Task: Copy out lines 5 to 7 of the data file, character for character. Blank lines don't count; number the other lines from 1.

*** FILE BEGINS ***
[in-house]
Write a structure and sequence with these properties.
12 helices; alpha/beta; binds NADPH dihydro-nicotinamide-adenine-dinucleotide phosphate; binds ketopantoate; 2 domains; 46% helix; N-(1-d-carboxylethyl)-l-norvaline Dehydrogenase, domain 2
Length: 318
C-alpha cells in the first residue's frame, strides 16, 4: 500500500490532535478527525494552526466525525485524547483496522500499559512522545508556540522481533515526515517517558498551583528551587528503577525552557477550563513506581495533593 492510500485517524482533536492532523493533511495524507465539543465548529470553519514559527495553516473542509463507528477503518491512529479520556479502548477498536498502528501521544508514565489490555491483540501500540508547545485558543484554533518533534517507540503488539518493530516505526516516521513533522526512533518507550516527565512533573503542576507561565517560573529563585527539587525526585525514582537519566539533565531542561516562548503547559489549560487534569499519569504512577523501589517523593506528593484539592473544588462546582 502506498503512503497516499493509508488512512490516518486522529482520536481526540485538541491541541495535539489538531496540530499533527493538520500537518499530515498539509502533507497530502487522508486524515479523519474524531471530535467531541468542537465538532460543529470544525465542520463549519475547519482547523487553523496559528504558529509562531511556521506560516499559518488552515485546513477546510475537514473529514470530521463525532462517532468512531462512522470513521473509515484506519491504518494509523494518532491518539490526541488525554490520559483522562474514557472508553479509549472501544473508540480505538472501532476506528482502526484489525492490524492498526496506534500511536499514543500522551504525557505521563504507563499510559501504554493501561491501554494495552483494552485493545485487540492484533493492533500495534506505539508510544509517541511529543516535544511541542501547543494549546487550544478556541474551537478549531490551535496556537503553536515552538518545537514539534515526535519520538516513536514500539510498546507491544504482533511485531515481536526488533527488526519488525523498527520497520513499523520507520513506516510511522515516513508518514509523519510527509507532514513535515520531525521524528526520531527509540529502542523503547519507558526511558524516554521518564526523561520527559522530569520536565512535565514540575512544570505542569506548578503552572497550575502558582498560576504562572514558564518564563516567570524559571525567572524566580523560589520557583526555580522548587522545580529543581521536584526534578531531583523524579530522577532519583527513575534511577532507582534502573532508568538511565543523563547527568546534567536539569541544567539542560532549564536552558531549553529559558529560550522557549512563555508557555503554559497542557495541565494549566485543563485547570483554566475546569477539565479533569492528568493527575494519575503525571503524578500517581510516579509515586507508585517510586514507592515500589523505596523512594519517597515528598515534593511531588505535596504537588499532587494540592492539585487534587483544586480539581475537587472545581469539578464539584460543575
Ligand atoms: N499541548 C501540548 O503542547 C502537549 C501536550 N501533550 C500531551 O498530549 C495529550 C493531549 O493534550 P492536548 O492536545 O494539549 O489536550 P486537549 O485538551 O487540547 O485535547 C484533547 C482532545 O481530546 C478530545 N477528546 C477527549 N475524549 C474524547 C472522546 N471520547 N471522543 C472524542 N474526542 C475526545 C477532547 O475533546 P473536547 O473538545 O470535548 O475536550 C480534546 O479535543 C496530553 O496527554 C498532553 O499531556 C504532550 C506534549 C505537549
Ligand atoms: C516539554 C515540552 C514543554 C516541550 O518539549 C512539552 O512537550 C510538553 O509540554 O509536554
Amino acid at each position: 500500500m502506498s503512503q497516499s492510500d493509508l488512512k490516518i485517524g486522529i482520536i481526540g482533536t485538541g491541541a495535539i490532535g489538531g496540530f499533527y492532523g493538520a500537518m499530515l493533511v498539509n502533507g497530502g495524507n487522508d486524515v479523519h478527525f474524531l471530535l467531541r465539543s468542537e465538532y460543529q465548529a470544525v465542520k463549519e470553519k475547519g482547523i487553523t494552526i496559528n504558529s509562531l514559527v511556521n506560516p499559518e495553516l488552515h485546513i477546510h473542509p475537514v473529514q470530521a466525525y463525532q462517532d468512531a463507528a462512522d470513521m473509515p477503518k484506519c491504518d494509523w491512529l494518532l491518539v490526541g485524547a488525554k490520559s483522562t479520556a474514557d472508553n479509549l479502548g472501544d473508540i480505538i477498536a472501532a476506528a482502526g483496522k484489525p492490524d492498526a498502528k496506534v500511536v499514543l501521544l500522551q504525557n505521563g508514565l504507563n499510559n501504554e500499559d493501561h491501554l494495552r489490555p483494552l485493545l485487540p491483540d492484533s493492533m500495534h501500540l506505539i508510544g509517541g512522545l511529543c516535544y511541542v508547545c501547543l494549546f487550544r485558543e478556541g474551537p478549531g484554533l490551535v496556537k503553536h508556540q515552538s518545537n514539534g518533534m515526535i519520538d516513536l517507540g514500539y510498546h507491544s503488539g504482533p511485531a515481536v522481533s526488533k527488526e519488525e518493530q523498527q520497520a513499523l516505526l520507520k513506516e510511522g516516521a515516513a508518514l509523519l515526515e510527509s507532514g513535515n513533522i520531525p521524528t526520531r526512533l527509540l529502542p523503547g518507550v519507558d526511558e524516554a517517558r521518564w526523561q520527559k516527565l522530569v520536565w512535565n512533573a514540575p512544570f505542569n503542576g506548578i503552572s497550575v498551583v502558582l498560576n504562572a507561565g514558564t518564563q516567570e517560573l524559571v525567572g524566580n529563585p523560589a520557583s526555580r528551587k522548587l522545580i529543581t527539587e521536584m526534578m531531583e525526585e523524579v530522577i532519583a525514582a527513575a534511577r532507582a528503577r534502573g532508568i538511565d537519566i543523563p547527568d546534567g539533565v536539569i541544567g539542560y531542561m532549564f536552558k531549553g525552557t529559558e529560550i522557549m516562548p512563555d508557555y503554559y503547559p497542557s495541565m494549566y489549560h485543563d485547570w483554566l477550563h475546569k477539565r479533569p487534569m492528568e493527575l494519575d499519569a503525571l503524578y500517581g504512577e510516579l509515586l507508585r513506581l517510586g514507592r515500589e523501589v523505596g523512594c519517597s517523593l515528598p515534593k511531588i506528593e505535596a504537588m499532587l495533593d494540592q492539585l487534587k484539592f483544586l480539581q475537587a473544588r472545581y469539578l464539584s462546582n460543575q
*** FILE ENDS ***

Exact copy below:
C-alpha cells in the first residue's frame, strides 16, 4: 500500500490532535478527525494552526466525525485524547483496522500499559512522545508556540522481533515526515517517558498551583528551587528503577525552557477550563513506581495533593 492510500485517524482533536492532523493533511495524507465539543465548529470553519514559527495553516473542509463507528477503518491512529479520556479502548477498536498502528501521544508514565489490555491483540501500540508547545485558543484554533518533534517507540503488539518493530516505526516516521513533522526512533518507550516527565512533573503542576507561565517560573529563585527539587525526585525514582537519566539533565531542561516562548503547559489549560487534569499519569504512577523501589517523593506528593484539592473544588462546582 502506498503512503497516499493509508488512512490516518486522529482520536481526540485538541491541541495535539489538531496540530499533527493538520500537518499530515498539509502533507497530502487522508486524515479523519474524531471530535467531541468542537465538532460543529470544525465542520463549519475547519482547523487553523496559528504558529509562531511556521506560516499559518488552515485546513477546510475537514473529514470530521463525532462517532468512531462512522470513521473509515484506519491504518494509523494518532491518539490526541488525554490520559483522562474514557472508553479509549472501544473508540480505538472501532476506528482502526484489525492490524492498526496506534500511536499514543500522551504525557505521563504507563499510559501504554493501561491501554494495552483494552485493545485487540492484533493492533500495534506505539508510544509517541511529543516535544511541542501547543494549546487550544478556541474551537478549531490551535496556537503553536515552538518545537514539534515526535519520538516513536514500539510498546507491544504482533511485531515481536526488533527488526519488525523498527520497520513499523520507520513506516510511522515516513508518514509523519510527509507532514513535515520531525521524528526520531527509540529502542523503547519507558526511558524516554521518564526523561520527559522530569520536565512535565514540575512544570505542569506548578503552572497550575502558582498560576504562572514558564518564563516567570524559571525567572524566580523560589520557583526555580522548587522545580529543581521536584526534578531531583523524579530522577532519583527513575534511577532507582534502573532508568538511565543523563547527568546534567536539569541544567539542560532549564536552558531549553529559558529560550522557549512563555508557555503554559497542557495541565494549566485543563485547570483554566475546569477539565479533569492528568493527575494519575503525571503524578500517581510516579509515586507508585517510586514507592515500589523505596523512594519517597515528598515534593511531588505535596504537588499532587494540592492539585487534587483544586480539581475537587472545581469539578464539584460543575
Ligand atoms: N499541548 C501540548 O503542547 C502537549 C501536550 N501533550 C500531551 O498530549 C495529550 C493531549 O493534550 P492536548 O492536545 O494539549 O489536550 P486537549 O485538551 O487540547 O485535547 C484533547 C482532545 O481530546 C478530545 N477528546 C477527549 N475524549 C474524547 C472522546 N471520547 N471522543 C472524542 N474526542 C475526545 C477532547 O475533546 P473536547 O473538545 O470535548 O475536550 C480534546 O479535543 C496530553 O496527554 C498532553 O499531556 C504532550 C506534549 C505537549
Ligand atoms: C516539554 C515540552 C514543554 C516541550 O518539549 C512539552 O512537550 C510538553 O509540554 O509536554